You're likely going to have a new co-worker soon — maybe several of them. Whether someone new steps into your workplace or you're changing jobs yourself, the introduction of someone new into the workplace is like the arrival of a present. Everyone wants to peel back the wrapping and see what's inside. Over the years, I've learned a few important principles.
When you see a new guy settling into your company, offer to serve as his advisor. Be available to help him with everything from the best lunch place nearby to reading the CEO's moods. At this early stage when he doesn't know your company's ways, he's particularly grateful for friendly guidance, wisdom and warmth, and a mentor-mentee relationship could evolve. Remember you don't have to be older to be a mentor, just wiser about something important to the mentee.
But what if you're the new guy yourself? You've got a rare chance to make new relationships and even start over. Remember how cool that was heading off to college!
- Never again will you have a better excuse to talk to someone — in the elevator, in the cafeteria. Say "Hi! I'm new here, I'm …." And have a ready question that is sincere and interesting. You will start connecting and quickly build a reputation for being friendly and approachable.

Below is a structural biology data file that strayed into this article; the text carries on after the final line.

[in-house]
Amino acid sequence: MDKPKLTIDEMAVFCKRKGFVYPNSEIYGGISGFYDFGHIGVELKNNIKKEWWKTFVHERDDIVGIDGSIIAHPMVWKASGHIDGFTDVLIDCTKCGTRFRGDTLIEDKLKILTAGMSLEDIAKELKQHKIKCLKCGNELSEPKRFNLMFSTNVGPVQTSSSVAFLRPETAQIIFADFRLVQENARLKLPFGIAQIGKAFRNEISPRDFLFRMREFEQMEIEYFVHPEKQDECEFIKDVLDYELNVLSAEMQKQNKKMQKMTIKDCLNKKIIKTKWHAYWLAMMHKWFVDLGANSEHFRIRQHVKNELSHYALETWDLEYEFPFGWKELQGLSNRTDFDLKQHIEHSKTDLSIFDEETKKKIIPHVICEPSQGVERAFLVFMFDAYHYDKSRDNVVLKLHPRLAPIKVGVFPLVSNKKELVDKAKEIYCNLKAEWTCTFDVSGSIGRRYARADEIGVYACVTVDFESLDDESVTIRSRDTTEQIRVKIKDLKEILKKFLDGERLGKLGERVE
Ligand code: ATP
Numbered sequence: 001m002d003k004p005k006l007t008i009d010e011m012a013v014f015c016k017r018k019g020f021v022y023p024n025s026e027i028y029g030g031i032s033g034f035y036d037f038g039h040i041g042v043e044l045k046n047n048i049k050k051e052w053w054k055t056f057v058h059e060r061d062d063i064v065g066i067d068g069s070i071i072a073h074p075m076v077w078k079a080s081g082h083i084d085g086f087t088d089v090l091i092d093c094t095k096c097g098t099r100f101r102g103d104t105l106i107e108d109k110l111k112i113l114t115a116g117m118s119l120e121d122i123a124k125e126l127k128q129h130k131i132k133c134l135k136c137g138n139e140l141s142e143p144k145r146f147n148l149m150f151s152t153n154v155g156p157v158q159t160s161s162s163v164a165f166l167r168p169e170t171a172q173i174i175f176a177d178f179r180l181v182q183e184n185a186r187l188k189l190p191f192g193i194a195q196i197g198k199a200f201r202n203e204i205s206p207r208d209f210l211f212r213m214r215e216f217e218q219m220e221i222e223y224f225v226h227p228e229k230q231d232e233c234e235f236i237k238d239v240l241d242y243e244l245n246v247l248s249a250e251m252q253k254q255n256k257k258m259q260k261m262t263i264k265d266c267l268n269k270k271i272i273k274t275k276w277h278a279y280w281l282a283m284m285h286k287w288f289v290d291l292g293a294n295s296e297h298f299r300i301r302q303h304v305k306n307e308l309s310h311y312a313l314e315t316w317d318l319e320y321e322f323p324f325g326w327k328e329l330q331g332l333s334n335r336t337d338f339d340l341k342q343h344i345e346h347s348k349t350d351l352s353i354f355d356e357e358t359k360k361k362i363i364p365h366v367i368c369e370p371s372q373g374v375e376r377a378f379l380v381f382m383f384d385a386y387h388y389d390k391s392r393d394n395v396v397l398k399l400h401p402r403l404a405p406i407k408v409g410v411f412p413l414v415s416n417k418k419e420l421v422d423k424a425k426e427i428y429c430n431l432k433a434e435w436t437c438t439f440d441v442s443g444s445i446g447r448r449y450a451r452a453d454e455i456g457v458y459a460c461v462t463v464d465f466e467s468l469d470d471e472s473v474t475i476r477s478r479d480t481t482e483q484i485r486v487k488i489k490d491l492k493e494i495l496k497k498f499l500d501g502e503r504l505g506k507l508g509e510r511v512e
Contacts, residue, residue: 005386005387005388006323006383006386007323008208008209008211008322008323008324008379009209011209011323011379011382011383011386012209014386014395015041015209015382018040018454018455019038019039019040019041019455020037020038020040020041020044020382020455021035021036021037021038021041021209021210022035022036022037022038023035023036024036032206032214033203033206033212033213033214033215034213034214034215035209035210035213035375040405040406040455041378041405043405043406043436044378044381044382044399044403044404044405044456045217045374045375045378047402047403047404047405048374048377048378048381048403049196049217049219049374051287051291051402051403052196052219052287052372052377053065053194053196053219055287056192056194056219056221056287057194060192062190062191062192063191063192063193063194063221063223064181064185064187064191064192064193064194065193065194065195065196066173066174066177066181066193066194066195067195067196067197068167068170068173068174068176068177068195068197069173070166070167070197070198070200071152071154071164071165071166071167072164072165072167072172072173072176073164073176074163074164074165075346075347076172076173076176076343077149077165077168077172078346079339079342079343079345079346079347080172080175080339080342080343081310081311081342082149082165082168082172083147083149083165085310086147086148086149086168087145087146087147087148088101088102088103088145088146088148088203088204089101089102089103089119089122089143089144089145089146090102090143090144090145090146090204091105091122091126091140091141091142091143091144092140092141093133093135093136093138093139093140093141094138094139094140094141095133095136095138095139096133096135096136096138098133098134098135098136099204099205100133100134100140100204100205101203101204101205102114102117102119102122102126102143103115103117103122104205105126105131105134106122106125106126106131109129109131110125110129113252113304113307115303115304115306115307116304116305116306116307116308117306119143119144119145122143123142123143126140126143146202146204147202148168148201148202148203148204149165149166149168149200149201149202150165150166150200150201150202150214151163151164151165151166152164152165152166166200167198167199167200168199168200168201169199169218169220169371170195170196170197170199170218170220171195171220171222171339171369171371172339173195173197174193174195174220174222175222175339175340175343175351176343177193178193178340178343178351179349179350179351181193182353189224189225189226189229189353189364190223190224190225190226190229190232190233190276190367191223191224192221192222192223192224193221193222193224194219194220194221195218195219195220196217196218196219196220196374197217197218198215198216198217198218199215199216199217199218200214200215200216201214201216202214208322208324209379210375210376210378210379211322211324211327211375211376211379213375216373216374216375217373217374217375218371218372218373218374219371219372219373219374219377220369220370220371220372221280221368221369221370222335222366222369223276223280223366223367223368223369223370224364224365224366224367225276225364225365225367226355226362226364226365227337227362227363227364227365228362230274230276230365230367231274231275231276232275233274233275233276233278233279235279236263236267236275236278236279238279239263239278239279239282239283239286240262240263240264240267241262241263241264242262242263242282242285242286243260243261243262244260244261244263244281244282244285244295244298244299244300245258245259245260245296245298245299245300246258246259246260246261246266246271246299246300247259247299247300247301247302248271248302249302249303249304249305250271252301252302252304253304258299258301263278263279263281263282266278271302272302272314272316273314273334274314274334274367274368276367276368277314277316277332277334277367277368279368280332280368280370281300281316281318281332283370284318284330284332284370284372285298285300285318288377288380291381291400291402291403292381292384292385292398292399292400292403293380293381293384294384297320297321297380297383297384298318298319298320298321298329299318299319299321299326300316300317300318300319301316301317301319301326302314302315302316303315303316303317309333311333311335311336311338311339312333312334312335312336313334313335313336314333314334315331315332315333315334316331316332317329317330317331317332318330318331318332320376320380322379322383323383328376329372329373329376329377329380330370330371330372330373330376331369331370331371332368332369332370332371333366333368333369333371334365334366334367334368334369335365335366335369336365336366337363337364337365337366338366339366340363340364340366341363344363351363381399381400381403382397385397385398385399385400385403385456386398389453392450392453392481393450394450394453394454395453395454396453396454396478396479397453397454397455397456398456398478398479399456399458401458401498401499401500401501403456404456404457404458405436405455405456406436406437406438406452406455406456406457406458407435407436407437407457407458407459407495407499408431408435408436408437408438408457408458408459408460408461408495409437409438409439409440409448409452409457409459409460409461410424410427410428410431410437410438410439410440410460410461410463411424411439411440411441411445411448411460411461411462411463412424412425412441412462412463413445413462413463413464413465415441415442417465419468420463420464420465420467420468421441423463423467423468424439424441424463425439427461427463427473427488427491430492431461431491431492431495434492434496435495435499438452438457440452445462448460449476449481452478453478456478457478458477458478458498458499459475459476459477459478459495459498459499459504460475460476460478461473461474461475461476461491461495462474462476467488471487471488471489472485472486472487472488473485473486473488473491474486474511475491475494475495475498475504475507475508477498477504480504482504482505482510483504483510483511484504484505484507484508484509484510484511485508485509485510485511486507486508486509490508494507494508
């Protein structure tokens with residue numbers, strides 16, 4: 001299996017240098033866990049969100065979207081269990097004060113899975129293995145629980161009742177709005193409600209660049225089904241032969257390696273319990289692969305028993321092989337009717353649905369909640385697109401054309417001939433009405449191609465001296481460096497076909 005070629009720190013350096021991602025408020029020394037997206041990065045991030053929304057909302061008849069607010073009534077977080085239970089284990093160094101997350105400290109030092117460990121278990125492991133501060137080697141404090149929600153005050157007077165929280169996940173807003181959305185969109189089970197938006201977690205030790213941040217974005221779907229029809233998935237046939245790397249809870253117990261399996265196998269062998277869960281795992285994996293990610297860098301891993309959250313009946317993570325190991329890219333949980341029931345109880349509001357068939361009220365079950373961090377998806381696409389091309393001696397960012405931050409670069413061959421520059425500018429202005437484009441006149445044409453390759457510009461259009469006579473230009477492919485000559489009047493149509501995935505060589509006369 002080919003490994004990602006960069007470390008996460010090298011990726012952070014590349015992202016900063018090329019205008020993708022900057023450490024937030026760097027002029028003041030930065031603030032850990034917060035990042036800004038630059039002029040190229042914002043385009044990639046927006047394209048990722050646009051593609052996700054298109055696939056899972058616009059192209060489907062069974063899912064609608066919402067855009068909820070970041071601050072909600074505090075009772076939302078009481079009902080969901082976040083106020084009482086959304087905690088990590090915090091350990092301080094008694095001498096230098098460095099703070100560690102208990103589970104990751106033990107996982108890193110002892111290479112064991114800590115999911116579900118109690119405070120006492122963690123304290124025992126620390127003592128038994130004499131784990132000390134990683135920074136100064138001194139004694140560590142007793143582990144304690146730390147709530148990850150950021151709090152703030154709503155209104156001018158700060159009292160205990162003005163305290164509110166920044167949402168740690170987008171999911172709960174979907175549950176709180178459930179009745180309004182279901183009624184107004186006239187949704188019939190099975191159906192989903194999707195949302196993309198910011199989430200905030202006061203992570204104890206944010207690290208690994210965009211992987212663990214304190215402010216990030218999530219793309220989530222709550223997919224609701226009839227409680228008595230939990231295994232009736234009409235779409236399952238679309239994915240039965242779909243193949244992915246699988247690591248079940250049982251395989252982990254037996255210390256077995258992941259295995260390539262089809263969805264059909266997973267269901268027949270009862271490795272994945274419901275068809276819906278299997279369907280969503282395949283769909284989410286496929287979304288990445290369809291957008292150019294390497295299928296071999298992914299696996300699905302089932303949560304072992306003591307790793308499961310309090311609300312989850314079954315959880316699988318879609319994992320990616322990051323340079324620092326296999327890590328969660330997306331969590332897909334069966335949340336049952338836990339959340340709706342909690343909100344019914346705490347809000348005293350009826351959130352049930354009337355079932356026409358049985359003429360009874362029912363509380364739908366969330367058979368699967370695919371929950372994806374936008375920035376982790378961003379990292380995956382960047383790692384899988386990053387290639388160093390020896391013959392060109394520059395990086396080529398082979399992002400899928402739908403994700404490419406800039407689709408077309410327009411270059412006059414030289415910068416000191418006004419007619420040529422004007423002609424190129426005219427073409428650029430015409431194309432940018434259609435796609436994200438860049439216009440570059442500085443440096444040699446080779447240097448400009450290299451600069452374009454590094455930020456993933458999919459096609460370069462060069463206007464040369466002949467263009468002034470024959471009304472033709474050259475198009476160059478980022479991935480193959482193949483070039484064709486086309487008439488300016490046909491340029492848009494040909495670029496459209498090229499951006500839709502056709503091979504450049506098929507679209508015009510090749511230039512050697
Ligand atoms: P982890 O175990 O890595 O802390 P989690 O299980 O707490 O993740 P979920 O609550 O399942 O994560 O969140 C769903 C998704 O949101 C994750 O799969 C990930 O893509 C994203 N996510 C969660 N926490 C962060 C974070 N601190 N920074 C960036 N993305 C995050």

- Talk to the boss. Dr. Mark Goulston — a psychiatrist, one of my business partners at FerrazziGreenlight, and the author of Get Out of Your Own Way at Work — says that when you start a new job, ask your boss to name three things that you should always do and three that you should never do. You can also ask your co-workers. Just say, "Do you have a second? Love to hear the top three DOs and DON'Ts around here!" The answers will give you a shortcut to understanding how the company works.
- Help everyone. When I started at Deloitte, my mentor Greg Seal told me, "Stop driving yourself and everyone else crazy about how to make yourself successful. Start thinking about how you're going to make everyone around you successful." I shifted my focus away from myself and toward the needs of other people. They became more loyal and productive, and we all flourished. By the way, Greg and I have remained friends and today he is on my board of directors, still giving me great advice.
- Become an expert. I started work at Imperial Chemical Industries when the business world was discovering a movement called Total Quality Management. I studied TQM and became one of ICI's leaders in implementing it throughout North America. When I went to Deloitte, Re-Engineering the Corporation was important, so I became the company's authority on re-engineering, worked on Deloitte's international development efforts on the subject, and got to know its creator, Michael Hammer. You can do the same thing. Explore the needs and attitudes of your company's leaders, and master the skills and ideas that can help them the most.
A final note: Remember, whether you're a company's founder or its newest hire, the debut of a new employee is usually a little rare and always special. So enjoy and capitalize on the initial excitement and opportunity, make sure to connect, and you're on the way to success.